THURSDAY, 25 JULY 2019
JIM CHALMERS, SHADOW TREASURER: The Liberals are trying to rob 13 million Australian workers of the superannuation increases that they need and deserve and were promised. At a time when we've got wage stagnation and rampant wage theft, the Liberal Party wants to come after workers’ retirement incomes as well. Labor will always defend the superannuation system. The Liberal Party will always try and attack and diminish and undermine superannuation because they have never believed it and they never will.
If we want to recap this week in Parliament, we saw Mathias Cormann and Josh Frydenberg finally lock in the Superannuation Guarantee increase to 12 per cent. We saw Scott Morrison in his party room ask his colleagues to stop talking publicly about superannuation, and since then we've had a number of Liberal backbenchers come out and say that superannuation shouldn't go to 12 per cent, and then some of the more radical ideas from Andrew Bragg and others.
This is a test of authority for Scott Morrison and Josh Frydenberg. His backbench is in open revolt over superannuation. Frydenberg and Cormann have said that super will go to 12 per cent on the current trajectory. They've guaranteed that. Their backbench is in revolt about that. The Liberal Party is all over the shop on superannuation. The backbench is in open revolt. Josh Frydenberg, and Mathias Cormann, and Scott Morrison need to rein the backbench back in, so workers can get the superannuation that they need and deserve and were promised.
JOURNALIST: On Andrew Bragg's suggestion that low-income earners shouldn't be forced to pay super, what do you think of that? Why is it more important that they pay super than survive now?
CHALMERS: Well, it's absolutely laughable that the Liberal Party of stagnant wages and rampant wage theft wants you to believe all of a sudden that they care about low income workers. It is absolutely laughable that Andrew Bragg and others want to pretend that they're worried about the plight of people of modest means in this country. That's just another excuse for them to continue their usual ideological attack on workers and super and retirement incomes. The usual excuse to undermine and diminish super at every turn.
JOURNALIST: Would people earning less than $50,000, by having that extra money, wouldn't that increase the chances of owning their own home and improve their quality of life if they're probably going to be on the pension regardless, so overall their working life is at a higher standard rather than having a bit of extra savings once they retire?
CHALMERS: A couple of things about that. Michael Rice from Rice Warner, they're the actuarial group that models retirement incomes, they say if the Superannuation Guarantee remains below 10 per cent then most Australians will retire on a pension. We're trying to get more Australians self-sufficient in retirement and less Australians relying so much on the pension. That's part of the reason that we've got superannuation. But the other point that I would make is when superannuation was originally conceived it was conceived as a trade-off between wages and superannuation, but what this Government has done is they've gone after wages and super at the same time. We saw Mathias Cormann say that low wages were a deliberate design feature of their economic policy at the same time as we've got Liberals going after super. The real agenda here for the Liberal Party, is not for that two-and-a-half per cent to go into wages, not for it to go into super, but for it to go into the profit share of companies.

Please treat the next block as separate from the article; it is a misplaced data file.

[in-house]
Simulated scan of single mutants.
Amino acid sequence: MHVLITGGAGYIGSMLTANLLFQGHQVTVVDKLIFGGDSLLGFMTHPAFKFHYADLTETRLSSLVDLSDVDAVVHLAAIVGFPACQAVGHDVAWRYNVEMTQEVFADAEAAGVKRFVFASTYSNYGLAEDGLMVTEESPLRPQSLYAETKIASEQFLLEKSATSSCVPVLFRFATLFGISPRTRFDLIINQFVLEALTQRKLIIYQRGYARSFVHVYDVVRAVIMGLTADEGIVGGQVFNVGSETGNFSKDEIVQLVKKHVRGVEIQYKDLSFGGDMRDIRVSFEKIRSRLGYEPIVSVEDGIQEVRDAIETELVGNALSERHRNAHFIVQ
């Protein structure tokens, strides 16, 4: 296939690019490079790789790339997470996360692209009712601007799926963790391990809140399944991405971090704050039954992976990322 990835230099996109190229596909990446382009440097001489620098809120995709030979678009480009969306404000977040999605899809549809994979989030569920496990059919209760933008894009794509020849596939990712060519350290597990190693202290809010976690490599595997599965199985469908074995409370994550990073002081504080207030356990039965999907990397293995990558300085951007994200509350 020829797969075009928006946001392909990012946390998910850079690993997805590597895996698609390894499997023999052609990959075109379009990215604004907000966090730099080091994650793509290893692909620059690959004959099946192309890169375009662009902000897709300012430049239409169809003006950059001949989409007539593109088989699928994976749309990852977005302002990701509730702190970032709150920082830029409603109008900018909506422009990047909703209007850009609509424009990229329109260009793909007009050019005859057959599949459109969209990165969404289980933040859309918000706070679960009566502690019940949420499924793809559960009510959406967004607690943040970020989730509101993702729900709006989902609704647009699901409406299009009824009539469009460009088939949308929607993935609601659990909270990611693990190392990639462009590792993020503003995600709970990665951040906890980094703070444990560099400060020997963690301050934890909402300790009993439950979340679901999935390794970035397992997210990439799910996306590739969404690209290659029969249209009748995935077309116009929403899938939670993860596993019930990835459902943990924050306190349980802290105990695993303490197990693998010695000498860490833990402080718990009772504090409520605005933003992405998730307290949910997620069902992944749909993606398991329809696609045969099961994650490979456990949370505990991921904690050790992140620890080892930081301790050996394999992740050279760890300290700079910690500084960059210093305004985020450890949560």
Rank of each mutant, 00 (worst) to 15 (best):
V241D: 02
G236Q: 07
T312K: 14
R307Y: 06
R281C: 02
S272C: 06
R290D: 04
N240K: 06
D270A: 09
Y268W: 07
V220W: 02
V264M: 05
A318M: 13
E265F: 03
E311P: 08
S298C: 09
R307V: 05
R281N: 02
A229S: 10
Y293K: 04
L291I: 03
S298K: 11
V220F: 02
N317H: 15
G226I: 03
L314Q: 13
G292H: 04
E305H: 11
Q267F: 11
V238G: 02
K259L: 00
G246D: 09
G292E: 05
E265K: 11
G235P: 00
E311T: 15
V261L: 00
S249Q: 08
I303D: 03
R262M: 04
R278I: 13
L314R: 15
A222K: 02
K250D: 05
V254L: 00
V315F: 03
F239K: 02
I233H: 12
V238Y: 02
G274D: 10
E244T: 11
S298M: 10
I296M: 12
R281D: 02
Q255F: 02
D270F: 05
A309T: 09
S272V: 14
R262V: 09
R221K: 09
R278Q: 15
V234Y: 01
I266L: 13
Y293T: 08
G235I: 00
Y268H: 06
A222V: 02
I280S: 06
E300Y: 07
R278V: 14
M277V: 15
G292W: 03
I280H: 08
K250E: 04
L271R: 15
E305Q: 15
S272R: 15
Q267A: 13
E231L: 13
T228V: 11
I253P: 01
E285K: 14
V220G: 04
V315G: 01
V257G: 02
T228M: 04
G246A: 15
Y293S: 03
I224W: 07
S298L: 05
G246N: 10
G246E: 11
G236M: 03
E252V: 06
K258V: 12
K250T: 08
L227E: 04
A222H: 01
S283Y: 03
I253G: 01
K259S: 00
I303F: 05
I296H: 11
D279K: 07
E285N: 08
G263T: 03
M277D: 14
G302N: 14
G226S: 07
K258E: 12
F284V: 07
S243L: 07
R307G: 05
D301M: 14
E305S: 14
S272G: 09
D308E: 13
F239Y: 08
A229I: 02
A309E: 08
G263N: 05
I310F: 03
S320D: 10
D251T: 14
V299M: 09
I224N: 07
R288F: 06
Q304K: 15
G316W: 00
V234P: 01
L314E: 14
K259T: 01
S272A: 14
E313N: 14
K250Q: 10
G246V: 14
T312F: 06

JOURNALIST: So, you're saying you're trying to increase the number of people who are self-funded retirees but you acknowledge though that people earning less than $50,000, they will, even if they have super set aside, probably be on the pension?
CHALMERS: The question that you're asking relies on the assumption that workers on low incomes would get wage increases in the absence of super. What I'm saying is the Liberal Party wants those low-income workers to get neither super nor increases in wages. Profit share in this country is remarkably high right now, wages are incredibly stagnant in this country right now, and it makes no economic sense for the Liberals to be going after wages and super at the same time.
JOURNALIST: Can I go to one other topic please? I want to ask, should criminal penalties apply to employees who underpay their staff and if so at what point would they kick in?
CHALMERS: To employers, you mean?
JOURNALIST: Yes, employers, sorry.
CHALMERS: Can you ask your question again?
JOURNALIST: Should criminal penalties apply for employers who underpay their staff, and if so at what point should they kick in?
CHALMERS: I'll leave the detailed policy commentary to Tony Burke and other colleagues. But we do have a big problem in this country with wage theft. We've seen 7-Eleven and Michael Hill and a whole bunch of companies, Dominos, who have been caught stealing wages from their workers. That is a massive problem in our economy. We asked Christian Porter yesterday what legislation was in the pipeline, is in the works, for them to deal with wage theft and it's very obvious that they have absolutely nothing planned to deal with wage theft. It shouldn't take the revelations about a celebrity chef for the Government to act on wage theft which has been a problem for some time in our economy and in our community. We can't continue to see all of these cases of workers being ripped off. The appropriate response to that I'll leave to Tony Burke and others in a legislative sense, but it's not good enough for the Government to have been sitting on its hands while so many Australians are being dudded at work.
JOURNALIST: But would you support jail terms for employees who engage in systemic wage theft?
CHALMERS: I'll leave all that commentary to Burkey. Thanks very much.
MEDIA CONTACT: MEGAN LANE 0424 437 949